AGW’s The Greenhouse Effect is an illusion built on changing the properties of real condensable gases with mass, volume, attraction, relative weight under gravity comprising our heavy fluid ocean of gas which is our atmosphere, and replacing this with the theoretical fiction Ideal gas in empty space in an imaginary invisible container which does not exist.

    The AGWScienceFiction’s world does not have an atmosphere. How can it then have conduction and convection?

    The sooner all arguing about this realise that these are completely different viewpoints, completely different concepts of the world around us, the sooner we can begin untangling the damn mess that the AGWScienceFiction’s Greenhouse Effect Illusion has got us into.

    Ideal gas has no mass, therefore nothing for gravity to work on so it has no weight which gravity gives, it is not subject to gravity and so does not separate out by weight ; it has no volume, therefore nothing to individually expand and condense; it has no attraction, because ideal gas has only elastic collisions. Ideal gas is hard dots of massless nothing so empty space.

    This ideal gas cannot be called by the names of real gases such as nitrogen, oxygen and carbon dioxide, which have all these properties.

    The AGWScienceFiction fisics has exchanged real gases for ideal in their fantasy world.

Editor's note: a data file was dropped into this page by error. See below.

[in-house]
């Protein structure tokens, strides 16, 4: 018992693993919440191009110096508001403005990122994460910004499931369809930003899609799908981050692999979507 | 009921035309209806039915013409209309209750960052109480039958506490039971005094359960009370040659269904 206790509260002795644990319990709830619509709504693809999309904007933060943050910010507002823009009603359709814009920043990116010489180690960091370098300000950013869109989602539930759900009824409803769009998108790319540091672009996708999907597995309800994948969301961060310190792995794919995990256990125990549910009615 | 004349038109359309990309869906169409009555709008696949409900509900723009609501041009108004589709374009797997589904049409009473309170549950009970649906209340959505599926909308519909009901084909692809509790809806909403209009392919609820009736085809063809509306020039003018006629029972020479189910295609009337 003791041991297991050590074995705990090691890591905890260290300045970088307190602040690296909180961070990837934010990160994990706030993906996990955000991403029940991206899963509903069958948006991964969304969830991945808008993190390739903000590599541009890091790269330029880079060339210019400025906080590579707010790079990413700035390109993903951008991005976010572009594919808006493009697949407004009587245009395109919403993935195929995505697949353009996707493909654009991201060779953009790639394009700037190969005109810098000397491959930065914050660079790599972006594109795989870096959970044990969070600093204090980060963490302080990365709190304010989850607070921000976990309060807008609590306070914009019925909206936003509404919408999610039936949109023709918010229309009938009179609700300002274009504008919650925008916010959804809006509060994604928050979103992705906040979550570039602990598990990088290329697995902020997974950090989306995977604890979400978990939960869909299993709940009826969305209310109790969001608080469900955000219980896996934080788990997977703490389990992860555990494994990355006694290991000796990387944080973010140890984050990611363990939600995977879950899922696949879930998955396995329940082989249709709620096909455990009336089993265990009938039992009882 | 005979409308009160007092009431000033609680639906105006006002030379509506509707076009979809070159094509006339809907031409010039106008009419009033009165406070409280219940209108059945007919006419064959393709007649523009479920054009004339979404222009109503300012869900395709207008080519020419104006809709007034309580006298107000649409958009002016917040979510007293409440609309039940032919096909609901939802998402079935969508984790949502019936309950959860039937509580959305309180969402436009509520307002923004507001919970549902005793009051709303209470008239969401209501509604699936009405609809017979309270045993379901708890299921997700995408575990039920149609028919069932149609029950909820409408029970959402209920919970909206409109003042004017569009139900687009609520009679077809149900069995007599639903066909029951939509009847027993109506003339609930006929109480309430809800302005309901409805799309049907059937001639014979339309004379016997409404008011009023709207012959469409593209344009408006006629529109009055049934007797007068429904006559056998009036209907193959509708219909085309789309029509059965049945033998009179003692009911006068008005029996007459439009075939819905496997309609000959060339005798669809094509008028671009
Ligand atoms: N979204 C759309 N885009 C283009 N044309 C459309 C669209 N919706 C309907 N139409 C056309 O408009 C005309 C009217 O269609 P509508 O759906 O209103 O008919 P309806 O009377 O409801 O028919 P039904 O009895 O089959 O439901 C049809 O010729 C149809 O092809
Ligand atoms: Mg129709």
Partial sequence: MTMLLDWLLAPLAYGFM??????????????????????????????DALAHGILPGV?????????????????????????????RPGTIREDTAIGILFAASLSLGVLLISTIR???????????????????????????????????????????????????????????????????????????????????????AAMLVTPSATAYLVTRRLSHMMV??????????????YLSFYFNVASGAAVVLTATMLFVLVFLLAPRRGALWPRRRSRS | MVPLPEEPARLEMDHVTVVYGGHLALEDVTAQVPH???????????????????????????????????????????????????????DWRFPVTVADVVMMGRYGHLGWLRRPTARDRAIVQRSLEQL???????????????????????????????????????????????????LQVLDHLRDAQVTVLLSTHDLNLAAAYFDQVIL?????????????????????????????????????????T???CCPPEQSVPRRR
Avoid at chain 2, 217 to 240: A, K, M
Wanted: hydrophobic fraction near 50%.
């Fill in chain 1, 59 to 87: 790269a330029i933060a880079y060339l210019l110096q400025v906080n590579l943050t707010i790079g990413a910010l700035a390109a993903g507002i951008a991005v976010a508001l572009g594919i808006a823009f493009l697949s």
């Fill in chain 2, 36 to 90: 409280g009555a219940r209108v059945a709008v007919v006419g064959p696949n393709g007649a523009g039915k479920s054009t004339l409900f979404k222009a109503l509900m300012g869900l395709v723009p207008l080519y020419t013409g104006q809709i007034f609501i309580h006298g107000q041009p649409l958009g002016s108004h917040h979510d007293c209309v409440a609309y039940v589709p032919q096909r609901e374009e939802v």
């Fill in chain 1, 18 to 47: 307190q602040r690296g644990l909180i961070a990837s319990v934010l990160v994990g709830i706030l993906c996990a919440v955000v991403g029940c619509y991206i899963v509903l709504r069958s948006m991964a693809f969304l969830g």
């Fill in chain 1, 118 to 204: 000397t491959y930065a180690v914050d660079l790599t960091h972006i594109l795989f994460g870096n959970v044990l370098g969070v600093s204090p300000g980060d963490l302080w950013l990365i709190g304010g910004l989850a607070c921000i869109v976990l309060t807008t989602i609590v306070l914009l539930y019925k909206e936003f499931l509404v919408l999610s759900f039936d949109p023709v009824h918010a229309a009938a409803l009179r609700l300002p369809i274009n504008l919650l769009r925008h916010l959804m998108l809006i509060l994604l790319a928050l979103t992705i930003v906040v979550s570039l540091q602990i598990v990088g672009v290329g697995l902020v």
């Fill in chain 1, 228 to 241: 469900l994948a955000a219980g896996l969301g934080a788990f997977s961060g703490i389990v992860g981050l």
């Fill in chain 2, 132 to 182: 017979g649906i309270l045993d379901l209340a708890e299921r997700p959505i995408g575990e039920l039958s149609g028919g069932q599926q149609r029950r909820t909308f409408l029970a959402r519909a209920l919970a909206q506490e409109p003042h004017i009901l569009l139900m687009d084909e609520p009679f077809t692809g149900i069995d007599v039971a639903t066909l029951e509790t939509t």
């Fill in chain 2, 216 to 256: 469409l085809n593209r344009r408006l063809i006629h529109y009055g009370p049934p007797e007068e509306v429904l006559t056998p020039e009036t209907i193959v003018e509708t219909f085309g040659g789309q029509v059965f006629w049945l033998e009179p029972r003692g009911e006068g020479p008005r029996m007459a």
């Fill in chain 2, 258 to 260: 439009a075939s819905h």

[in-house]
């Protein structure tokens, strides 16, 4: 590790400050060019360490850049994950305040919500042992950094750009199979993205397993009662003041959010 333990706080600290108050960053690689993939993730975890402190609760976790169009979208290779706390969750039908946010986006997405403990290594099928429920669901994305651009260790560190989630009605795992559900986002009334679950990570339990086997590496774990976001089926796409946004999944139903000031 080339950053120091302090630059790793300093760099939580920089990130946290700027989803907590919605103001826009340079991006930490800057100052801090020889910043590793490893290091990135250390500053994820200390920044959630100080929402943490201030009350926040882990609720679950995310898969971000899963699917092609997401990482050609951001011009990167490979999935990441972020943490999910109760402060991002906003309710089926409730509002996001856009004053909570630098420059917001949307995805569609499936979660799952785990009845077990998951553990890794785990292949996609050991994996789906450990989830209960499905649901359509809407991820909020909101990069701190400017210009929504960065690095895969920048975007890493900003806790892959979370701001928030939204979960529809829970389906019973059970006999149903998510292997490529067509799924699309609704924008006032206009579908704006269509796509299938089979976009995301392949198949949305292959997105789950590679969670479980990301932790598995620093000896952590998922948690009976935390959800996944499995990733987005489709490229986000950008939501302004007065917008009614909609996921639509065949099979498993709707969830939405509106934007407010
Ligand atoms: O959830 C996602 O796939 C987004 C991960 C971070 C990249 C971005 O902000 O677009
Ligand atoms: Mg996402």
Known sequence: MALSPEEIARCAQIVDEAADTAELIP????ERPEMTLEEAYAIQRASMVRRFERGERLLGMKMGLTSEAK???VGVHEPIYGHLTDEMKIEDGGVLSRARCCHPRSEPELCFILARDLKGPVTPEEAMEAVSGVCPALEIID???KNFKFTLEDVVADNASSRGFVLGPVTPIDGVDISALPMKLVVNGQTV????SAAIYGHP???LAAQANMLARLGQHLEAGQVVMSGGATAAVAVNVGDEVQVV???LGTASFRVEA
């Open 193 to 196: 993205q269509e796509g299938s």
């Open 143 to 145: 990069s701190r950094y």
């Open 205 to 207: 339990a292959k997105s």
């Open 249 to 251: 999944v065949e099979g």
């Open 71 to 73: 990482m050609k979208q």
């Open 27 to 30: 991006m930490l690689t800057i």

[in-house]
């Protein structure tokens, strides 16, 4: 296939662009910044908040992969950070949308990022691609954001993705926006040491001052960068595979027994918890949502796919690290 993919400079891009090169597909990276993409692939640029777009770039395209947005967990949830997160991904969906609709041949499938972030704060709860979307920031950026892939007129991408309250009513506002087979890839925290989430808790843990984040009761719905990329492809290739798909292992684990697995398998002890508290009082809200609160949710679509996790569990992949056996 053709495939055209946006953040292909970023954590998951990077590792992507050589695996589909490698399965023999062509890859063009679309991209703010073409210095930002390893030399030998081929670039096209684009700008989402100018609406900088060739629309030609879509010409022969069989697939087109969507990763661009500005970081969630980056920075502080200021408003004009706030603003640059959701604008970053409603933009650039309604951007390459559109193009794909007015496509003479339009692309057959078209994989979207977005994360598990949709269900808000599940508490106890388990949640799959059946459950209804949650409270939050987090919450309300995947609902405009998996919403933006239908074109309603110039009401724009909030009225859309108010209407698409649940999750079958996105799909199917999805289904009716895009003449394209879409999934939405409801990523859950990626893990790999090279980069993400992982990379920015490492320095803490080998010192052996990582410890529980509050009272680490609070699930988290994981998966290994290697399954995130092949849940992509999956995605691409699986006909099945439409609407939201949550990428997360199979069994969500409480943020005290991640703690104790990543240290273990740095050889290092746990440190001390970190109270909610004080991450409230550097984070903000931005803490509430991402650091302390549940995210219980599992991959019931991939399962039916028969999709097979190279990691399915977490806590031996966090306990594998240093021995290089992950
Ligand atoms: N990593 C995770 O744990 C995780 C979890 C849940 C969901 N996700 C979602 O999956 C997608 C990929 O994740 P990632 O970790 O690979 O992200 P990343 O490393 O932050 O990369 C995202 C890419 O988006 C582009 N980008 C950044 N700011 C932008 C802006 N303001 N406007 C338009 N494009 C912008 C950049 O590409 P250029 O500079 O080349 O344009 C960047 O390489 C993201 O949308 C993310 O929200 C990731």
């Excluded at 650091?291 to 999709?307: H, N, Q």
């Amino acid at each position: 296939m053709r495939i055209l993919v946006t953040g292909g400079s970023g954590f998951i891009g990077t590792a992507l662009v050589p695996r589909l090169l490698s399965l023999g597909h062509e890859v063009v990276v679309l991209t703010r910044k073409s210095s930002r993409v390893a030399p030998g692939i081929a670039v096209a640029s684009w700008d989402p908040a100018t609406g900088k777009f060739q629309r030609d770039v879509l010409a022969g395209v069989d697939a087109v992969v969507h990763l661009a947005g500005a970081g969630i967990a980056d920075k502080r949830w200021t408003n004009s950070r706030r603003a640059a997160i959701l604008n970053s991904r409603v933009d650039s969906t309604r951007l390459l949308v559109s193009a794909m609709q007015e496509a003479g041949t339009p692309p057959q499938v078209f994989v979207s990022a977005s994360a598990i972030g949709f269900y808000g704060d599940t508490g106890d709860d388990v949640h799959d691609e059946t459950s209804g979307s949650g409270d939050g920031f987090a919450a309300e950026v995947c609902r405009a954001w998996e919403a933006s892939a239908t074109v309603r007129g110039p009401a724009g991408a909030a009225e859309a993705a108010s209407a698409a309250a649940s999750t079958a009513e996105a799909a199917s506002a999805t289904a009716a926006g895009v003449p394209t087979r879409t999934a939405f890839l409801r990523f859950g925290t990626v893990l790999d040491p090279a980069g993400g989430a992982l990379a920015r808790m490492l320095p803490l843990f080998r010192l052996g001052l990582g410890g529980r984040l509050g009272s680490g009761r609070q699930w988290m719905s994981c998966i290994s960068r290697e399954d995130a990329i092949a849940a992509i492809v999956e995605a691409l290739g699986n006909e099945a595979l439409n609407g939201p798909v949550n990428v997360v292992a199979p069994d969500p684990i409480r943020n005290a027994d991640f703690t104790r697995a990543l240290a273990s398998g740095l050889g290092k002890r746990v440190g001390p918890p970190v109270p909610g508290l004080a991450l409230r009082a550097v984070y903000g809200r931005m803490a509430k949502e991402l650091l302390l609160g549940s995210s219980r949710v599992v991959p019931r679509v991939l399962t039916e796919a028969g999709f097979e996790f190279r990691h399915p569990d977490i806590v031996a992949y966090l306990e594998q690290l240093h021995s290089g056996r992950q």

The AGWScienceFictions fakenitrogen, fakeoxygen, fakecarbondioxide, are “massless hard dots of nothing travelling at great speeds through empty space under their own molecular momentum miles apart from each other, bumping off the sides of the container and each other in elastic collisions so thoroughly mixing.” – real gas nitrogen, oxygen and carbon dioxide are not this.

    Our real world gases have volume, there is not empty space between them.

    Our real gases are impeded by the volume of the other real gases surrounding them.

    That’s how we get sound.

    We do not get sound in the empty space of the AGW ideal gas scenario..

    Our real gas atmosphere is a heavy fluid, gases and liquids are fluids, which weighs a stone on every square inch, a ton on our shoulders. Our atmosphere is not empty space but a heavy ocean of real gas with individual volumes which expand when heated and condense when cooled.

    This makes them lighter or heavier than air and those lighter will rise and those heavier will sink.